The cash flow reserve is comprised of two years' worth of spending needs in short-term assets such as a money market account and possibly a limited-term bond fund. The retiree draws a check from the cash flow reserve to deposit into the checking account at the beginning of each month. The relative liquidity of this rung can provide the retiree with the ability to cover two years of spending. Having two years' worth of disposable assets can be key to helping alleviate ill-timed selling into a bear market. At the end of each year, or as the market dictates, the advisor will sell either fixed income or equities from the investment portfolio to refill the cash flow reserve to cover the next two years of expenses.

Investment Portfolio
Typically, fixed-income investments have historically performed better when equities are out of favor; therefore, having a balanced portfolio of fixed-income and equity investments can help alleviate selling retirement assets at a less opportune time in order to fund retirement spending. In this rung of the ladder, there will typically be enough fixed-income investments to pay for an additional four to five years of spending if need be. Also included in this rung is an allocation to equity investments, which have historically been more volatile than fixed income assets but also provide the potential for higher returns over time. While the equity investments may provide the necessary growth to help offset the eroding effects of inflation in retirement, retirees also need to have the flexibility to sell either asset class when the markets are attractively valuing those investments. The assets from this rung are used to replenish the funds in the cash flow reserve. Again, the goal is to have the flexibility to sell either the equity or the fixed income assets at an opportune time.

Constructing The Cash Flow Reserve Ladder
Now that we know the basic structure and operation of a cash flow reserve ladder, let's discuss just a few of the many ideas for how the retirement assets can be allocated to each rung. The most appropriate investments will vary depending on an individual's needs and investment objectives and should be discussed with a financial advisor. For illustration purposes, let's assume a retiree has a $1 million portfolio and wishes to spend $50,000 each year, indexed to inflation. Figure 3 shows an example of how the savings could be allocated among the various rungs of the ladder.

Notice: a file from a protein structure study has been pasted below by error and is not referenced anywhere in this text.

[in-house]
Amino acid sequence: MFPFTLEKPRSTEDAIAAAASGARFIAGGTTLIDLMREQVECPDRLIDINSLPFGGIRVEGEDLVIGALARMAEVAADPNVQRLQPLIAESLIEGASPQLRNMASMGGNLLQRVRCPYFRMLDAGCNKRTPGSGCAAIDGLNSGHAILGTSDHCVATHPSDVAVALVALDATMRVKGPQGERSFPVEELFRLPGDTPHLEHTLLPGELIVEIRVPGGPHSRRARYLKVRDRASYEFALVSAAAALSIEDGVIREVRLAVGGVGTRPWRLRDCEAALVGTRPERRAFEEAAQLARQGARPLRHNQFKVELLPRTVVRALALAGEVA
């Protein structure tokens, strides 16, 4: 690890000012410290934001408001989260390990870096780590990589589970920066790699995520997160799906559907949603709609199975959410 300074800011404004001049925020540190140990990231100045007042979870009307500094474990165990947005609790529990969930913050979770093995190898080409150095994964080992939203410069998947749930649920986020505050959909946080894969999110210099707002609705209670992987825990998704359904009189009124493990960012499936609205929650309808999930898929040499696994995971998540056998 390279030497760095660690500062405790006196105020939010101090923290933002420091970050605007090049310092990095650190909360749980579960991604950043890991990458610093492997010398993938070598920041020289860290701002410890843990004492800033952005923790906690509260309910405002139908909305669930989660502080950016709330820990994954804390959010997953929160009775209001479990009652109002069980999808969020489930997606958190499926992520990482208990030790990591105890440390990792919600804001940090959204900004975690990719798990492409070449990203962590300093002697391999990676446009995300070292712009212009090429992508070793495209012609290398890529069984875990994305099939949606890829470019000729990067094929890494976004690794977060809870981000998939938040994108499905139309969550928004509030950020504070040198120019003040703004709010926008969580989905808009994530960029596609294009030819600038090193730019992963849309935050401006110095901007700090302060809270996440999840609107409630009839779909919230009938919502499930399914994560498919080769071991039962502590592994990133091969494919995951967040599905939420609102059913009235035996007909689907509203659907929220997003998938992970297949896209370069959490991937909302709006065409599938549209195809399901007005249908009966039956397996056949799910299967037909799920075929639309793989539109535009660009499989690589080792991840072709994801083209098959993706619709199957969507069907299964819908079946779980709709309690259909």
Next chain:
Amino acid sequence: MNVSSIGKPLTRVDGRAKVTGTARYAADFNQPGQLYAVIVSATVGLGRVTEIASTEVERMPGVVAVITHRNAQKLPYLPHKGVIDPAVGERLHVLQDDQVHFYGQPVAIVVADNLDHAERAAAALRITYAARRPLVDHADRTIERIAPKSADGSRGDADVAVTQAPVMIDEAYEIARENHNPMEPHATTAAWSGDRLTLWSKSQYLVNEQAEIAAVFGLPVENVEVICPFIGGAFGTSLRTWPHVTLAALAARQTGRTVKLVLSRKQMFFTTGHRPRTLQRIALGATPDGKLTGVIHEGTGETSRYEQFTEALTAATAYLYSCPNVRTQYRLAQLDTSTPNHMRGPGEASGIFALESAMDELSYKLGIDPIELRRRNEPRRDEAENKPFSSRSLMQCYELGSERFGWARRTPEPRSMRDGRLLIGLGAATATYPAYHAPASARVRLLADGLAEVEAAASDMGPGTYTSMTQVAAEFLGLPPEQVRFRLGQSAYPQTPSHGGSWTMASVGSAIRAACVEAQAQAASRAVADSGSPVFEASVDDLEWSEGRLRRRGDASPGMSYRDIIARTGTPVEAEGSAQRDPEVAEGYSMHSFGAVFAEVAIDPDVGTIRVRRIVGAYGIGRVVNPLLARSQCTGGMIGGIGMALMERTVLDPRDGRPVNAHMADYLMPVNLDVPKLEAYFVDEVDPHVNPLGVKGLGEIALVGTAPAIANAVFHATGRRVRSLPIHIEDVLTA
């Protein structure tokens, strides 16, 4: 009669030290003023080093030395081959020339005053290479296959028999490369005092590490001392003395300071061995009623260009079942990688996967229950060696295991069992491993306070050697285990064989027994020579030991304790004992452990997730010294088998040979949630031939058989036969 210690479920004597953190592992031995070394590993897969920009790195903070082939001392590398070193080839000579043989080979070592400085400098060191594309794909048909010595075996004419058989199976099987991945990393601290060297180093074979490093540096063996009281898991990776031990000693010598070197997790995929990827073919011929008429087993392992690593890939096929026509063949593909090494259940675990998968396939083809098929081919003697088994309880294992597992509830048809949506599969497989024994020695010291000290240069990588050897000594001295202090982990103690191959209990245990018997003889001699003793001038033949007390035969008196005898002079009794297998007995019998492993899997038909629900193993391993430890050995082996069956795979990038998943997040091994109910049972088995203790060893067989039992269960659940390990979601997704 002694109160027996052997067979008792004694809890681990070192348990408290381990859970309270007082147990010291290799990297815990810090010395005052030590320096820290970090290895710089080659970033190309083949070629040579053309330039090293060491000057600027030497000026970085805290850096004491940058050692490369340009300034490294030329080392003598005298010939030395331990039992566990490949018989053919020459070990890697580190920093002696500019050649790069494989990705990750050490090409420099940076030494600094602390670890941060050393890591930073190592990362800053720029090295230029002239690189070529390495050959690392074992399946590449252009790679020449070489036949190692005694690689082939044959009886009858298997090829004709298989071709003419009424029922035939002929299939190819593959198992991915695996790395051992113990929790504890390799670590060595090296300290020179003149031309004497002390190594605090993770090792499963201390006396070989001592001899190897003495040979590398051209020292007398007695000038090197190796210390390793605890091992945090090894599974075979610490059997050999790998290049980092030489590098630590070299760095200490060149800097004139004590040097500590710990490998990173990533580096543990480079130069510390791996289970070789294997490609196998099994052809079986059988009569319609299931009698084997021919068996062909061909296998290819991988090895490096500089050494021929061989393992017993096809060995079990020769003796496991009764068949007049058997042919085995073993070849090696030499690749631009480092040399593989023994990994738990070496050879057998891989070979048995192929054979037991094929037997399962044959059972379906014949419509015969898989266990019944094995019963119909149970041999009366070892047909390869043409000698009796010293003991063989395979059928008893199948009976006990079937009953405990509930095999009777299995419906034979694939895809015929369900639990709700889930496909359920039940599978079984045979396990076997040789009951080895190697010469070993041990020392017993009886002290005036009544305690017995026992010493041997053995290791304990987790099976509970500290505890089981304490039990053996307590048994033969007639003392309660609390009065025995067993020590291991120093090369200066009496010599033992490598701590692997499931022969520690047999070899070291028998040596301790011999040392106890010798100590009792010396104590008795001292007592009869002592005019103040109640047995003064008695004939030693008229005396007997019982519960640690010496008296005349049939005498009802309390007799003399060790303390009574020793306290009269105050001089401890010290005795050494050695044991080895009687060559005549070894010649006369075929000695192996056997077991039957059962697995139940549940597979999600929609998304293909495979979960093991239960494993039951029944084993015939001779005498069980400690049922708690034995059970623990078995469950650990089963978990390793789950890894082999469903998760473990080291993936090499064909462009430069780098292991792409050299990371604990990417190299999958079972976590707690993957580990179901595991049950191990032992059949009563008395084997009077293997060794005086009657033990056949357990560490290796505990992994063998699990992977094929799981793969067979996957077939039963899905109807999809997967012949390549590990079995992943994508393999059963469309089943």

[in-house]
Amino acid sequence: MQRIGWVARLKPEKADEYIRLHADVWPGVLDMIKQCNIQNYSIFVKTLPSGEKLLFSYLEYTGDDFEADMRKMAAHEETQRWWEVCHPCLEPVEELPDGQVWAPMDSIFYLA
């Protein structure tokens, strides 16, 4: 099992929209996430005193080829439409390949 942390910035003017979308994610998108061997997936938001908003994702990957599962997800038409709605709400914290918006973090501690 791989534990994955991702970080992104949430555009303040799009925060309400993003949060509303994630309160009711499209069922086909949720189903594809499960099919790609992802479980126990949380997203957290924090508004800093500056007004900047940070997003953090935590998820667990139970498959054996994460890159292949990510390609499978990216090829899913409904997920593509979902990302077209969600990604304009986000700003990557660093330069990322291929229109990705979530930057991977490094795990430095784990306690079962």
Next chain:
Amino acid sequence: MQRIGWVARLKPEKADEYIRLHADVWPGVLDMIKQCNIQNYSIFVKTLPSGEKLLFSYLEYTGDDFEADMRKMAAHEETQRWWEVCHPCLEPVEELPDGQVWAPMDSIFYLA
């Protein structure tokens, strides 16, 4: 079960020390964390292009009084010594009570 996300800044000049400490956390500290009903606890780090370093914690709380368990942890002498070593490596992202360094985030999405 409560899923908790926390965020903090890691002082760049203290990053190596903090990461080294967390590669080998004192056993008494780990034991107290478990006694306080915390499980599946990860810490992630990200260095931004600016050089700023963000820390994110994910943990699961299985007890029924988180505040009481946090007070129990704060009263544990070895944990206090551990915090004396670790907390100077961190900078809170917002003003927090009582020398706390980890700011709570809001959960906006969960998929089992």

In this example the $100,000 placed in the cash flow reserve is evenly divided between a money market account and a limited-term bond fund. For taxable accounts, you can use municipal money market funds and/or municipal limited-term bond funds as they can be attractive here. Remember that the primary goal of this rung is principal protection. 

The investment portfolio is divided into two separate components. The $250,000 allocation to fixed income represents 25% of the assets and if need be, can provide up to five years of additional spending at $50,000 per year. The intermediate-term bond fund portion has a time horizon of five to ten years, and should be conservatively managed with a primary goal of principal protection.

The $650,000 in the equity portion of the investment portfolio represents 65% of the overall asset allocation of the portfolio. This portion is intended to provide the possibility of long-term growth that may offset the eroding effects of inflation.